E 0190 57 F3 A5 5E 68 00 A0 07 BF 02 7D 59 F3 A5 1E 07
 E 01A0 B4 01 CD 16 74 8C B8 03 00 CD 10 C3
 RCX
 AC
 W
 Q
For those who are interested... "No! I did NOT run this program right away to see what it did; I first examined the Assembly instructions to determine if it was reasonably safe to run on my computer!" I'll show you how to do that soon...
    Experimenting with completely unknown programs is best left for a spare computer with a hard drive you're ready to wipe clean as soon as you're through with your experiments! Many kid's computers these days are full of trojans and viruses too!! Those of you with risky friends should NEVER accept floppy disks or download programs from their computers; it's best to just say 'No thanks!' and learn whatever else you can to keep your machine clean (virus free).

Open a DOS-Window and run the following command from whatever folder you stored or moved the SCRIPT file (fire.scp) into... I'm simply using the root directory (C:\) for the command here:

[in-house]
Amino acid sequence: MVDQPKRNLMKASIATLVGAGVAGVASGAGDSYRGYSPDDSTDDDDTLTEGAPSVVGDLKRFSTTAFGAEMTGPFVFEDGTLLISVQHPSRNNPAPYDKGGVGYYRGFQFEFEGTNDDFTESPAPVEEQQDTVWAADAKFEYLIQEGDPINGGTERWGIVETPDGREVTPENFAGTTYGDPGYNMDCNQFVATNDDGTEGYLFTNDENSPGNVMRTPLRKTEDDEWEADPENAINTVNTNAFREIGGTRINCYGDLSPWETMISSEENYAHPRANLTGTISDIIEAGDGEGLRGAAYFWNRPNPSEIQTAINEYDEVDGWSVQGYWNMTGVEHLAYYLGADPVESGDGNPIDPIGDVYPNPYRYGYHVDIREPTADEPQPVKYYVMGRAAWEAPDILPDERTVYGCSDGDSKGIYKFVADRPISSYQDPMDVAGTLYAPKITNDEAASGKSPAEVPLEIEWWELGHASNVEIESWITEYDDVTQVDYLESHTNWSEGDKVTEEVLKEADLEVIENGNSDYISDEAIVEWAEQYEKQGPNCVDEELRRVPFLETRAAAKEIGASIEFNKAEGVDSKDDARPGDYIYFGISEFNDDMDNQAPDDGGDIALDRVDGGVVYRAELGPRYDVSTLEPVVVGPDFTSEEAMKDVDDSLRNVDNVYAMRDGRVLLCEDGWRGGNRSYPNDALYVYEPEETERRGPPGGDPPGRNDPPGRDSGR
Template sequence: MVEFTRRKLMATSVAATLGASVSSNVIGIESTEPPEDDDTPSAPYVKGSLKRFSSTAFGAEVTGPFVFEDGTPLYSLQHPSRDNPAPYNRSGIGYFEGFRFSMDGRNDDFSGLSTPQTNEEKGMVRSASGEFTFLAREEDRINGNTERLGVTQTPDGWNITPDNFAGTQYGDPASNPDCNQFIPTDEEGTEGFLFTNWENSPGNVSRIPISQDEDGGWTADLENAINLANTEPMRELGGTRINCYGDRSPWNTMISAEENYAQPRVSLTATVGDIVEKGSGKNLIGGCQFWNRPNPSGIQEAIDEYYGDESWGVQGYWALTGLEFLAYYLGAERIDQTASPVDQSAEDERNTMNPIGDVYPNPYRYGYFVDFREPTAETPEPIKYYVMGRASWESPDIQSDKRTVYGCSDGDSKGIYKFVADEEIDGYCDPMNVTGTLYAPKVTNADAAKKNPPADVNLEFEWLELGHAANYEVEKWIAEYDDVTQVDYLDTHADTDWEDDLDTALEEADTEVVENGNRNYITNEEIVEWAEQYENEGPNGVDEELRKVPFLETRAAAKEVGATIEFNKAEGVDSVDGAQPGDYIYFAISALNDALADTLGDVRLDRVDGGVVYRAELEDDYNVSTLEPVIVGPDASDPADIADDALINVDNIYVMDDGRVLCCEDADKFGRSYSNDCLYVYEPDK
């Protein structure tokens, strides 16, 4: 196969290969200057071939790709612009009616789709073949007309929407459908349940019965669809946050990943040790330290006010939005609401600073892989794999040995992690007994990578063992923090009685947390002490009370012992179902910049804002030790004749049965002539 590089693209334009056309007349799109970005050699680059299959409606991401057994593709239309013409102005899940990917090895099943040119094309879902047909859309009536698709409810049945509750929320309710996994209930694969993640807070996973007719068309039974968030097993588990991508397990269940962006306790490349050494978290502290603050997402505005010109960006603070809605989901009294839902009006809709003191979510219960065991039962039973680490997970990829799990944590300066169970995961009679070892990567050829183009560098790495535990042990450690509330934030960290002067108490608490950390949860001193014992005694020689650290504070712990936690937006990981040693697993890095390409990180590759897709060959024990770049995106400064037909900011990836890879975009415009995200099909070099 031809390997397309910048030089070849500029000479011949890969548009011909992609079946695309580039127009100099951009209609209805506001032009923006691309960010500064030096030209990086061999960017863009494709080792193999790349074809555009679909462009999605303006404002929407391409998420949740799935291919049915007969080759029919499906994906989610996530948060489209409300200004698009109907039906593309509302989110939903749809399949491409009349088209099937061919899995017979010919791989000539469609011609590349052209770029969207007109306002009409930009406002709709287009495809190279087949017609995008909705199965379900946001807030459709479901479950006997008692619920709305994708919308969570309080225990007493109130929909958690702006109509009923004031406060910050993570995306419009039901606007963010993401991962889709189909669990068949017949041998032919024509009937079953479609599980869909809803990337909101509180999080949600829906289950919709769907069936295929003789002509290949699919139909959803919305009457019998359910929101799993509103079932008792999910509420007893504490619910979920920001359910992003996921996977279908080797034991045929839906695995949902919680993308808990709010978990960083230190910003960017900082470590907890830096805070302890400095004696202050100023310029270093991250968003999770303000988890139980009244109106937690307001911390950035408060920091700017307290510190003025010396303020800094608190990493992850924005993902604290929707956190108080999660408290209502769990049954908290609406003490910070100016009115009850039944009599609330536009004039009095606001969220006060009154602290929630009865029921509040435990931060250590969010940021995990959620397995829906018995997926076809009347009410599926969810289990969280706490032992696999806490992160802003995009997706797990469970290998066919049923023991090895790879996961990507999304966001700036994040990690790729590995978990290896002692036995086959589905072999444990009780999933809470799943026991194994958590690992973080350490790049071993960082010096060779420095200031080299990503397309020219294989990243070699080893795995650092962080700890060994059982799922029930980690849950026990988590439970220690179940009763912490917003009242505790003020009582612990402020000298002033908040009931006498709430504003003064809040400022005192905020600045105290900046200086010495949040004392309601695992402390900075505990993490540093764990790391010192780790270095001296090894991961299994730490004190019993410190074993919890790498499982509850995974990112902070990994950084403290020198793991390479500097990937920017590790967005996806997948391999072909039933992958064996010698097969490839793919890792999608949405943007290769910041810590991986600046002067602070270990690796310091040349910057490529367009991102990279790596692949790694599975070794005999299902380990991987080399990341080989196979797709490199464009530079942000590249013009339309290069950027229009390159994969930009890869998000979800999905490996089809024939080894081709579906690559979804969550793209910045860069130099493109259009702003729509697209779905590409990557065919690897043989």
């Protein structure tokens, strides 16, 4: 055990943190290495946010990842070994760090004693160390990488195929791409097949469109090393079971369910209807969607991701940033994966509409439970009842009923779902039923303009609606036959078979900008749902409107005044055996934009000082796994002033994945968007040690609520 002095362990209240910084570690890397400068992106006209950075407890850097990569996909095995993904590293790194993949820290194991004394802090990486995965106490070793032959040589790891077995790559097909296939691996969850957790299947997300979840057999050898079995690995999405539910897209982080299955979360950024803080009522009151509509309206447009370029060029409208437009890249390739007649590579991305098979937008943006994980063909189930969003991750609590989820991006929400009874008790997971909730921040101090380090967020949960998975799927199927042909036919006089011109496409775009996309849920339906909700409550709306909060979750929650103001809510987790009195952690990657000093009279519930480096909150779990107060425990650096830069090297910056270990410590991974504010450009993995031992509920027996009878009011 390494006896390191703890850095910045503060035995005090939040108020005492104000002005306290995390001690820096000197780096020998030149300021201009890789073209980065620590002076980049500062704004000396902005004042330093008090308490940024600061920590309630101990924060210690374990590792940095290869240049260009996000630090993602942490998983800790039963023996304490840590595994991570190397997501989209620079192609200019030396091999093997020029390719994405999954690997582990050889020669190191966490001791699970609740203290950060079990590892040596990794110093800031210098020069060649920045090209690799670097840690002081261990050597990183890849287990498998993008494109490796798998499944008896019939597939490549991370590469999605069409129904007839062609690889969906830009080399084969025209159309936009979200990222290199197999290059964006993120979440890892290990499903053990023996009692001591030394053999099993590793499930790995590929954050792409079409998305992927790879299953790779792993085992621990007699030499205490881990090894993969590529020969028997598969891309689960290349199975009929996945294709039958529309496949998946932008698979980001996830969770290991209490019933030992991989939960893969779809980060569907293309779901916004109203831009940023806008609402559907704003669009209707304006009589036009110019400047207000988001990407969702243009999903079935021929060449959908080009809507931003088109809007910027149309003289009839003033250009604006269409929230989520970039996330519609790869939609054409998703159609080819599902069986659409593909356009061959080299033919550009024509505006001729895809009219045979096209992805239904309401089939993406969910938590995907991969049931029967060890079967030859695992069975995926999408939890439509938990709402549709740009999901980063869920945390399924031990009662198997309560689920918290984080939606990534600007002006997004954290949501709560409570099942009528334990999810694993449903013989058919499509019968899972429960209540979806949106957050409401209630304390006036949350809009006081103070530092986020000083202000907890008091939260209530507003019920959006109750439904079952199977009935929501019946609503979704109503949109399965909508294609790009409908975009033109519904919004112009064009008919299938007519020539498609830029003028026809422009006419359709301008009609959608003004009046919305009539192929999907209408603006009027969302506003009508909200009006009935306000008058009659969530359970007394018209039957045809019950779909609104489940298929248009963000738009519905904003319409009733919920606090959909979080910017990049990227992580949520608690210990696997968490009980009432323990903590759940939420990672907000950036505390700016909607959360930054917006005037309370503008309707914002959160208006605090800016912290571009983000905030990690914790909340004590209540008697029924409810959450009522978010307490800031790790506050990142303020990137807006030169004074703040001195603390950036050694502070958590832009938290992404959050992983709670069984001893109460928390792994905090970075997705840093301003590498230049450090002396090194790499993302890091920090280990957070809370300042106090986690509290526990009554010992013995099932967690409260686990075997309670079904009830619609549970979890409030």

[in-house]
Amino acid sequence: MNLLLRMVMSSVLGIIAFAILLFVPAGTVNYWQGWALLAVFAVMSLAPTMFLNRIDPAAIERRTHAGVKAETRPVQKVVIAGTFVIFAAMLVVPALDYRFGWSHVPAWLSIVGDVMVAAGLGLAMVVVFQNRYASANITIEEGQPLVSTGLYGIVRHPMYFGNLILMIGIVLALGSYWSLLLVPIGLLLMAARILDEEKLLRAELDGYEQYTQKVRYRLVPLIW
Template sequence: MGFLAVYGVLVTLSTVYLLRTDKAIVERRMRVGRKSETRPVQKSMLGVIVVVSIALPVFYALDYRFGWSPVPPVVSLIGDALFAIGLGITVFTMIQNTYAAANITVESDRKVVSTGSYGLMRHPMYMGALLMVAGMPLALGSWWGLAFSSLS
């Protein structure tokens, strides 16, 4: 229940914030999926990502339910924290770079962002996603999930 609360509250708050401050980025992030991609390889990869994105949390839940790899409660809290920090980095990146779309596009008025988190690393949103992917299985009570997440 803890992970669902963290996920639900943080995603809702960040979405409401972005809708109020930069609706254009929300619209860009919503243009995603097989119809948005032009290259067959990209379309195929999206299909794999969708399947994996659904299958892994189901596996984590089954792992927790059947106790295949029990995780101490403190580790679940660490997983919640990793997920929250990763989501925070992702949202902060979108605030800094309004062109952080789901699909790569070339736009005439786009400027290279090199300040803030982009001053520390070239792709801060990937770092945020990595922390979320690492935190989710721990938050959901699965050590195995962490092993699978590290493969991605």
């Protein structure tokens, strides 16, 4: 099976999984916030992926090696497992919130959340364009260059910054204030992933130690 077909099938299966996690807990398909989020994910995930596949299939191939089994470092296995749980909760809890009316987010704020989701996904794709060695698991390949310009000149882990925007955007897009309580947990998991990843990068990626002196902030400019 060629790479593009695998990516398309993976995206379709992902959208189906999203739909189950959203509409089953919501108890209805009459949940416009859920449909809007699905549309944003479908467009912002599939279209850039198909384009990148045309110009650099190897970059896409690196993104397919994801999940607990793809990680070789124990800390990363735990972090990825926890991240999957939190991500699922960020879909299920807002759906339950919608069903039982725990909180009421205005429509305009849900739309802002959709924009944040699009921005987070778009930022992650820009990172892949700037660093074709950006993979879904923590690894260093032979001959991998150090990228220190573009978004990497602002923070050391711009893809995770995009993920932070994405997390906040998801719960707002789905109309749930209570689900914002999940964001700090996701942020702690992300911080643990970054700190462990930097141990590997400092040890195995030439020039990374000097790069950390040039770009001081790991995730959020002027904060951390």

C:\> debug < fire.scp

And here's what you should see on your screen as DEBUG automatically creates the program for you:
C:\> debug < fire.scp
- N FIRE.COM
- E 0100 B0 13 CD 10 33 C0 BF B0 01 B9 00 7D F3 AB BA C8
- E 0110 03 EE 42 FE C9 80 FB 3C 73 05 80 C3 04 EB 08 80
- E 0120 FF 3C 73 03 80 C7 04 8A C3 EE 8A C7 EE 32 C0 EE
- E 0130 E2 E3 B1 C8 81 06 AC 01 E9 62 80 06 AC 01 62 81
- E 0140 16 AE 01 19 36 A1 AE 01 33 D2 BB 40 01 F7 F3 8B
- E 0150 F2 FE 8C 70 7D E2 DD BE F1 02 BF B1 7E B1 62 BA
- E 0160 3E 01 8A 9C C0 FE 8A 44 FF 03 D8 8A 44 01 03 D8
- E 0170 8A 84 40 01 03 D8 C1 EB 02 88 1D 46 47 4A 75 E2
- E 0180 46 46 47 47 E2 D9 BE B2 7E BF B2 01 B9 7E 3E 51
- E 0190 57 F3 A5 5E 68 00 A0 07 BF 02 7D 59 F3 A5 1E 07
- E 01A0 B4 01 CD 16 74 8C B8 03 00 CD 10 C3
- RCX
CX 0000
: AC
- W
Writing 000AC bytes
- Q
You should now find a copy of the program FIRE.COM in the same folder as the SCRIPT file. Before you go off to run the program... especially those of you who want to learn more about using DOS commands... You might like to check out this SCRIPT file for creating an Assembly listing of FIRE.COM using DEBUG again:
 N FIRE.COM
 L               <-- This Loads the named program from the hard drive!
 U 0100 01AB     <-- Un-assemble code from 100h to 1ABh (ACh or 172 bytes).
 Q
Save this file as: FIREASM.SCP (Note: You need to run this SCRIPT in the same folder as the program or it won't know how to find it). Here's the DOS Command that will run the script AND re-direct its output to another file; which I've called FIREASM.TXT :
C:\> debug < fireasm.scp > fireasm.txt